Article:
User testing is a vital part of UX Design, and in some cases overlooked due to the belief it’s too expensive or it will take too much time. You can sketch, conceptualize, research and design all you want but at the end of the day, the proof is in the testing. How your intended audience interacts with your product, what motivates them to return and engage and how they perceive it is the pure definition of UX. With so many affordable testing resources now available, it can be done quickly and with minimal costs. Test early, get it out there and get feedback.
Guerilla testing is a popular topic in the debate of how to conduct user testing. This model speaks of testing constantly and using friends, co-workers or even random test subjects at a local coffee shop. As this approach may work in instance such as organizing content or concept testing, we find that the best results of in-person or remote testing come from people who are actually going to be interested in using your product. Stay focused on your core demographic and test to that audience. Testing random subjects that will never use or engage in your product may not always produce the most effective result in the long run.
Every project has different goals, needs and budgets; therefore some projects may require special types of testing. Here we explore the concept of Lean User Testing, coupled with Lean UX principles:
1. Define the Product Goals
The first step to conduct with your client is to define the product goals. This is key for a results driven process. This may seem like a no-brainer but a strong concept with clearly defined requirements can keep your team focused, cut down on debate time and keep everyone energized. Typically there are three types of product goals: creating an addiction/habit, meeting a certain business structure or owning an experience.
2. Tree Testing & Card Sorting
Tree Testing allows you to see how well users will interact with and find elements in a website or application’s hierarchy. It reveals whether the information architecture is easy to understand and can help with naming conventions that make sense to the user. This is extremely beneficial if the client insists on creating clever or unique navigational titles. Within tree testing, the user is given questions and looks for items in established categories, similar to actual browsing behavior. This can dramatically improve the navigation or taxonomy. Card sorting allows users to organize items into groups and then categorize and label the groups.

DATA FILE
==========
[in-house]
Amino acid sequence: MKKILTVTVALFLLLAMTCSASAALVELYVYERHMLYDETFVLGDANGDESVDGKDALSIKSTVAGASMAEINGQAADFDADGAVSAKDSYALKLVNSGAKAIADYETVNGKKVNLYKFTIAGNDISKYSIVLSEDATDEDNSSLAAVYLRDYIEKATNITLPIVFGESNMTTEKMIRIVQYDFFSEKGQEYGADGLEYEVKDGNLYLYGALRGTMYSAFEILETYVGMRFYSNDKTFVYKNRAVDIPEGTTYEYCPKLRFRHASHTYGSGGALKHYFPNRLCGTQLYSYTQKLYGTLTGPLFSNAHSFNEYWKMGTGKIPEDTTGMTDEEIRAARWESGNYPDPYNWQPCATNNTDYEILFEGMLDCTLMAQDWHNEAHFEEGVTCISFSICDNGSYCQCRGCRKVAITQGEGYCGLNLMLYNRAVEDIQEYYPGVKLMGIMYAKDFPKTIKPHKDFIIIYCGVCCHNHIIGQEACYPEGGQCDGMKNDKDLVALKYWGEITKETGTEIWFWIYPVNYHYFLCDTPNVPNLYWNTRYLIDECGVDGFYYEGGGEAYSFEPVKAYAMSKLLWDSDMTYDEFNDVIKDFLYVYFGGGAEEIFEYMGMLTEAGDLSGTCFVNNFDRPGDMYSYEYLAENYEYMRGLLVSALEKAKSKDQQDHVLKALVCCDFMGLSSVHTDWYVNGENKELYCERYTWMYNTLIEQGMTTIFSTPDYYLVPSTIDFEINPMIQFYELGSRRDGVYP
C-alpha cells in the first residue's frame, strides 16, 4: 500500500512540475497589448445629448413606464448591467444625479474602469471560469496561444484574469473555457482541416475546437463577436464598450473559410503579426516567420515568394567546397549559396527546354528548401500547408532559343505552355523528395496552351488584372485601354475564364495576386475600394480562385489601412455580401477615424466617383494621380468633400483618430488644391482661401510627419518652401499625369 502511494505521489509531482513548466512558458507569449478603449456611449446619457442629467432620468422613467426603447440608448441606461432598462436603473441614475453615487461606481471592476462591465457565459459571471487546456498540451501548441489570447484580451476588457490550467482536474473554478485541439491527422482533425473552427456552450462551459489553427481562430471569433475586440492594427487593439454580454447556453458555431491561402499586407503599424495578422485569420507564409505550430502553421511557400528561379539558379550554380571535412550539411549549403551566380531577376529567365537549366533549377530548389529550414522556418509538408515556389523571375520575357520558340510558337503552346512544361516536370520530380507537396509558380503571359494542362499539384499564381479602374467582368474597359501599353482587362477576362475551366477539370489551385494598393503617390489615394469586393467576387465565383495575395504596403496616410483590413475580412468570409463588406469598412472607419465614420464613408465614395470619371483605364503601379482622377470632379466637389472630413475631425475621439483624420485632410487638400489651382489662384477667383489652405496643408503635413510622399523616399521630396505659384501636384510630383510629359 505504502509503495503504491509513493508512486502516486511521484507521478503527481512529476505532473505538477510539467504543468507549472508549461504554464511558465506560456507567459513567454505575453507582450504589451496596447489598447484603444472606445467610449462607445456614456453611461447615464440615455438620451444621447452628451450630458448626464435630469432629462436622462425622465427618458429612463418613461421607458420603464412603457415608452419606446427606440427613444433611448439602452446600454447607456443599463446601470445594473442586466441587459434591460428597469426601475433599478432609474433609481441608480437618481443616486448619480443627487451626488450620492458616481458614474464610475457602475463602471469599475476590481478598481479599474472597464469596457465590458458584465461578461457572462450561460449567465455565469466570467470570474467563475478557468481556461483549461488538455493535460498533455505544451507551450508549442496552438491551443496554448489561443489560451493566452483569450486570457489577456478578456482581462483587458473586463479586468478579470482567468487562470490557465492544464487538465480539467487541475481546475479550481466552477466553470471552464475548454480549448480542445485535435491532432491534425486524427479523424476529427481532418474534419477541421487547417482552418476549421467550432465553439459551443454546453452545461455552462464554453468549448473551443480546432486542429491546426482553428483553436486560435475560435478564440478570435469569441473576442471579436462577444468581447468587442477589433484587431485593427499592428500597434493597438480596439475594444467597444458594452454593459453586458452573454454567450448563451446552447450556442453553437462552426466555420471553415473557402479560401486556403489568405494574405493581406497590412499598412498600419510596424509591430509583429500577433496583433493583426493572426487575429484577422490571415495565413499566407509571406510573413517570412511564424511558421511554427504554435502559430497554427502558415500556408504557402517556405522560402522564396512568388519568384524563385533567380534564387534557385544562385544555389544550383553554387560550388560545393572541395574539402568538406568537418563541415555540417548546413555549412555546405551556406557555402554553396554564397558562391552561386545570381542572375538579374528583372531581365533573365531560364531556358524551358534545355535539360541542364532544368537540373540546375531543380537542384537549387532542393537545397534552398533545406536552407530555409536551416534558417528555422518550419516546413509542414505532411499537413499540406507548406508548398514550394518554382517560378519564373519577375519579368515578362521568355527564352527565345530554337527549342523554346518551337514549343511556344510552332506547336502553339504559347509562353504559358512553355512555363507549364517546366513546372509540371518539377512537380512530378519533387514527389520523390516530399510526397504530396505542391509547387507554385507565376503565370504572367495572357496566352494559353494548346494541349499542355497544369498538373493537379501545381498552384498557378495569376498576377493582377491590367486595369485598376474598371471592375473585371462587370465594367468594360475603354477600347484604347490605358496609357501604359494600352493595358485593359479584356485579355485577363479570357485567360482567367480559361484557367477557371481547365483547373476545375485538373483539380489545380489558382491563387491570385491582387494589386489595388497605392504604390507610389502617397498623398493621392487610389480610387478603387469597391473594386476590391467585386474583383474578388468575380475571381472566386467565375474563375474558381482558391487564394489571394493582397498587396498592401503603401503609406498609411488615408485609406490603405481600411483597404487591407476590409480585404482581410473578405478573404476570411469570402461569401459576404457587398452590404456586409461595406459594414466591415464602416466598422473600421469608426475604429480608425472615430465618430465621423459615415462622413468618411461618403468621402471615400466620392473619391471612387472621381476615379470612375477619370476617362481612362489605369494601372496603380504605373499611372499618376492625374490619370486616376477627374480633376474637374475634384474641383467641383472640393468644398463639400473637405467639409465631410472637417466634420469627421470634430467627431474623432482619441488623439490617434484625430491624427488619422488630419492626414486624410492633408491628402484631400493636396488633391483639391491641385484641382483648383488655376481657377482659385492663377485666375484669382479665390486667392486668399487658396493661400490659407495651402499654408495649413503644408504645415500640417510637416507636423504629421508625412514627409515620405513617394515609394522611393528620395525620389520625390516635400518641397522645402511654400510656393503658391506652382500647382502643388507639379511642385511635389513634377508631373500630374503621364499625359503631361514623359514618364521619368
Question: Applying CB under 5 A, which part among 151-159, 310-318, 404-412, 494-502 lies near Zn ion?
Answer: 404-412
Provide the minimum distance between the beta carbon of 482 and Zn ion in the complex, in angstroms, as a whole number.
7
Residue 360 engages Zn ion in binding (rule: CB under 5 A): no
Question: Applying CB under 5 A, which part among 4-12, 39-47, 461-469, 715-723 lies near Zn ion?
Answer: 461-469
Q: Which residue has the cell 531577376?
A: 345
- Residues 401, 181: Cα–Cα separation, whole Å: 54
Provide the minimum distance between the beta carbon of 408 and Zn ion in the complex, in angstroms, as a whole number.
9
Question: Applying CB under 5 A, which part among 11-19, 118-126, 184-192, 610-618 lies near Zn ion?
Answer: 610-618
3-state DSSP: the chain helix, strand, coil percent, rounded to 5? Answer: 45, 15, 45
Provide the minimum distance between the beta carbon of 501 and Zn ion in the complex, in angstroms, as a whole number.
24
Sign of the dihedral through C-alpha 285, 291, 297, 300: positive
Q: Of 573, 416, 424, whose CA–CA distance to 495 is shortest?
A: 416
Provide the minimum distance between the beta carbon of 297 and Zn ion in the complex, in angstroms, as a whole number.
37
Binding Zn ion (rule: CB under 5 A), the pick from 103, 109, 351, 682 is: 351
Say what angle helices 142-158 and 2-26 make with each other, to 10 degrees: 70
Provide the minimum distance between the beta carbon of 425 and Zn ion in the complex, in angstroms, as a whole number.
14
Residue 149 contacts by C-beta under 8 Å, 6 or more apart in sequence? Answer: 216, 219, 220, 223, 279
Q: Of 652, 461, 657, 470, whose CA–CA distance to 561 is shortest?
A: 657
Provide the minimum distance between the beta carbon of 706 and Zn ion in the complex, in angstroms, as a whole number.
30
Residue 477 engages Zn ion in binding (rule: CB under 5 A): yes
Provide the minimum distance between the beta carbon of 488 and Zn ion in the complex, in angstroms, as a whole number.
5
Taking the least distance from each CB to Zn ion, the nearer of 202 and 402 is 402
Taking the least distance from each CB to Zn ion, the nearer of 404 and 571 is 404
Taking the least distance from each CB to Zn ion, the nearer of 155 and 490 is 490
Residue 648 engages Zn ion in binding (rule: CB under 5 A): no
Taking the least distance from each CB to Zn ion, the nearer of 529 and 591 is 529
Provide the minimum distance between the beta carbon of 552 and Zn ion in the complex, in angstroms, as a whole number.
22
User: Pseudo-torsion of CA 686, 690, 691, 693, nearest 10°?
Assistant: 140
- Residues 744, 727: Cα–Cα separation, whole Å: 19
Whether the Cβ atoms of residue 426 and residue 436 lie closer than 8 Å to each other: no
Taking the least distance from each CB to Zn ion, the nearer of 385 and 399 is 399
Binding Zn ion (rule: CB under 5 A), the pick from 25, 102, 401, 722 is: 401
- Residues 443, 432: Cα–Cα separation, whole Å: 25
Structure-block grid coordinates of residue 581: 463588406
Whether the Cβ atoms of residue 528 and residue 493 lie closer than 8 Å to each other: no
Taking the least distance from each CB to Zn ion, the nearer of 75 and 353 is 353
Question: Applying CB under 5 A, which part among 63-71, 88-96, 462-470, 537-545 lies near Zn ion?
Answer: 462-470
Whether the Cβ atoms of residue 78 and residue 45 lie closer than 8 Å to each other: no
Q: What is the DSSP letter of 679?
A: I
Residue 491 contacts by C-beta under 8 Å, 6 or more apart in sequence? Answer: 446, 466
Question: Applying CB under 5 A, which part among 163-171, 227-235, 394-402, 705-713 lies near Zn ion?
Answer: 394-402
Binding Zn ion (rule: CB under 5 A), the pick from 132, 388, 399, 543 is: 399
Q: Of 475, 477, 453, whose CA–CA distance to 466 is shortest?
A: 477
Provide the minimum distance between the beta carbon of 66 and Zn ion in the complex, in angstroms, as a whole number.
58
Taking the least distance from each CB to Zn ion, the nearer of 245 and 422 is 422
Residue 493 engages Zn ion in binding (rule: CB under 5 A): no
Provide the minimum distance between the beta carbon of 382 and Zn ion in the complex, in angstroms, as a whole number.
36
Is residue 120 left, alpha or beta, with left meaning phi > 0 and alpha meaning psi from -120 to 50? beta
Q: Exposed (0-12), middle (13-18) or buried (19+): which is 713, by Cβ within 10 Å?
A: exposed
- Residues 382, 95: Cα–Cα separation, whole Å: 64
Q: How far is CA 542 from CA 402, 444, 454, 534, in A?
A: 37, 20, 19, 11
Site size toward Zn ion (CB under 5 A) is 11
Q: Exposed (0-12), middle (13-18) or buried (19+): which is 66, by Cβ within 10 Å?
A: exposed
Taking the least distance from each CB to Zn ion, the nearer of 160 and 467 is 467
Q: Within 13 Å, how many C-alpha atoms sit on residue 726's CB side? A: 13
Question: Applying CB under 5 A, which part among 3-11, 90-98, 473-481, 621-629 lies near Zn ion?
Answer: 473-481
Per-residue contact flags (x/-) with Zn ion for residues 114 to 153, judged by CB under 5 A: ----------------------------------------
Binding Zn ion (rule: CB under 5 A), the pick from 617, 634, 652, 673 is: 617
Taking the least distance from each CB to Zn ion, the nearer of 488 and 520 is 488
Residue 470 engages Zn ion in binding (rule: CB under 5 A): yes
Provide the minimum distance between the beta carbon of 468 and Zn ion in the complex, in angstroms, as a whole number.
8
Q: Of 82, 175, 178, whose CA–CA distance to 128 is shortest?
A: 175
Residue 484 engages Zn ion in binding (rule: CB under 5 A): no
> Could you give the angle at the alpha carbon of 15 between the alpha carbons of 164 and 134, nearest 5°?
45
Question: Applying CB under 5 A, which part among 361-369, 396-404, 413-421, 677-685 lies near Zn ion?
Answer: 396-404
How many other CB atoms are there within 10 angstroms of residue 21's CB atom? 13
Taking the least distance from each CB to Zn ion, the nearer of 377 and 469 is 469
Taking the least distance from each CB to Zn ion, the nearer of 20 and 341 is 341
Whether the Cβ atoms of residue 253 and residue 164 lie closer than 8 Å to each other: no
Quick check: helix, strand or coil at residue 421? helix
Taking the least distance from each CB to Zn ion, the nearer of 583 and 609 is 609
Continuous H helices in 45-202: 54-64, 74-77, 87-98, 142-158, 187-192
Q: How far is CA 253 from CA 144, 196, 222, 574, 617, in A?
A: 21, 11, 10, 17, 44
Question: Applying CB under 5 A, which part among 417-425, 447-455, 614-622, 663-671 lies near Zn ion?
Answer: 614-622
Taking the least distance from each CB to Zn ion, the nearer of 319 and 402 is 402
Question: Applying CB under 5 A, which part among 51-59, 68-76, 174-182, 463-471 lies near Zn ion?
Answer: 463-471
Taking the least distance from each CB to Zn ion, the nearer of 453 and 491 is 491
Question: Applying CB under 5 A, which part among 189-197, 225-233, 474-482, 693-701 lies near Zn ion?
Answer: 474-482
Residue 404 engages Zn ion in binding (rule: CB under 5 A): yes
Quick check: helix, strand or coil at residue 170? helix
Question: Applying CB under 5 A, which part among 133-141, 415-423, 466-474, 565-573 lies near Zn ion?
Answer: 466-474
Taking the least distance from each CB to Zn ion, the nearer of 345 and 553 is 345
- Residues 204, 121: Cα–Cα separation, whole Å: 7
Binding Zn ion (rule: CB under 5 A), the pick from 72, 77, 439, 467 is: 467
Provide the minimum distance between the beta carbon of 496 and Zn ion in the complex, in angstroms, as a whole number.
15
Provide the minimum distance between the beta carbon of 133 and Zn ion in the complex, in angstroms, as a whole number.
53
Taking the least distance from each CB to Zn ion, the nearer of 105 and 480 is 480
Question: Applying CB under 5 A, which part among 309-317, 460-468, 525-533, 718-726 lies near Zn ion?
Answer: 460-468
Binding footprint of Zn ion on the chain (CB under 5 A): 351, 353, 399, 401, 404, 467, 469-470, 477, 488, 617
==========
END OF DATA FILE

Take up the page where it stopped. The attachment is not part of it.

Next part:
Optimal Workshop is a great platform to test both tree testing & card sorting.
3. In Person Focus Groups
Testing concepts, content, experience and design may be the most effective solution in-person, but it also can be the most time consuming and expensive route to go. To actually watch someone use your product and see their immediate emotional reactions can be something that you miss from remote user testing. To produce the best results, the interviewer must not be biased to your product or the user have any background information before the testing session. This way no party is being swayed to certain opinions as they use your product for the first time and can honestly react. For smaller companies that cannot seek a 3rd party testing vendor, Craigslist can be a good option to round up your specific demographic to participate in a user testing group. This can get tedious on your own however and can be very time consuming. The most effective methods are those that allow you watch and interview real users while they interact with your product or service. Focus groups allow you to extensively see a group of users interacting with each other to discuss an idea or a concept. This can lead to new levels of inspiration as you will gain more insight from the ideas of the group.
4. Remote Focus Groups
With the advancement of online testing resources, this can prove to be the most cost and time effective solution for start-ups or smaller agencies on tight budgets. Remote testing allows you to conduct testing from the comfort of your own desk, by computer or telephone. This can also be implemented throughout the whole process of development, from beginning to end.
User Testing is a great option as it records a video showing the user as they use your site/app and captures their thoughts and touchpoint as they interact with it. You pick the core target audience and assign the user a task to perform that can be run on desktop, tablet or mobile device. You can hear the tone in their voice as you watch the ease or struggle while they navigate. The only downside to this may be that the users thought process might not seem as clear as it would in-person.
5. Google Analytics & A/B Testing
A great way to keep on testing, refining and making your product better is to gather analytics and re-asses user pain points. Then create A/B versions to test against each other and gather new analytics on how to improve your product. To put your design to the test you’ll need to subject it to actual website traffic by randomly assigning visitors one of two design options (A & B) To determine these differences you need to test each design. Tracking how customers are using the interface is detrimental to a product’s ongoing success. You can get metrics that track Call to Action clicks, high exit paths and generate funnels to see how long customers engage.
Another option with even more power than Google A/B Testing is Optimizely.
There are currently a great number of online & in person testing facilities and sites that offer many other options that we have not touched upon. As UX strives to simplify, testing can be done simply as long as the right goals and structure are setup initially and a clear goal is set. If the testing becomes too complex and drawn out then the product has become too complex.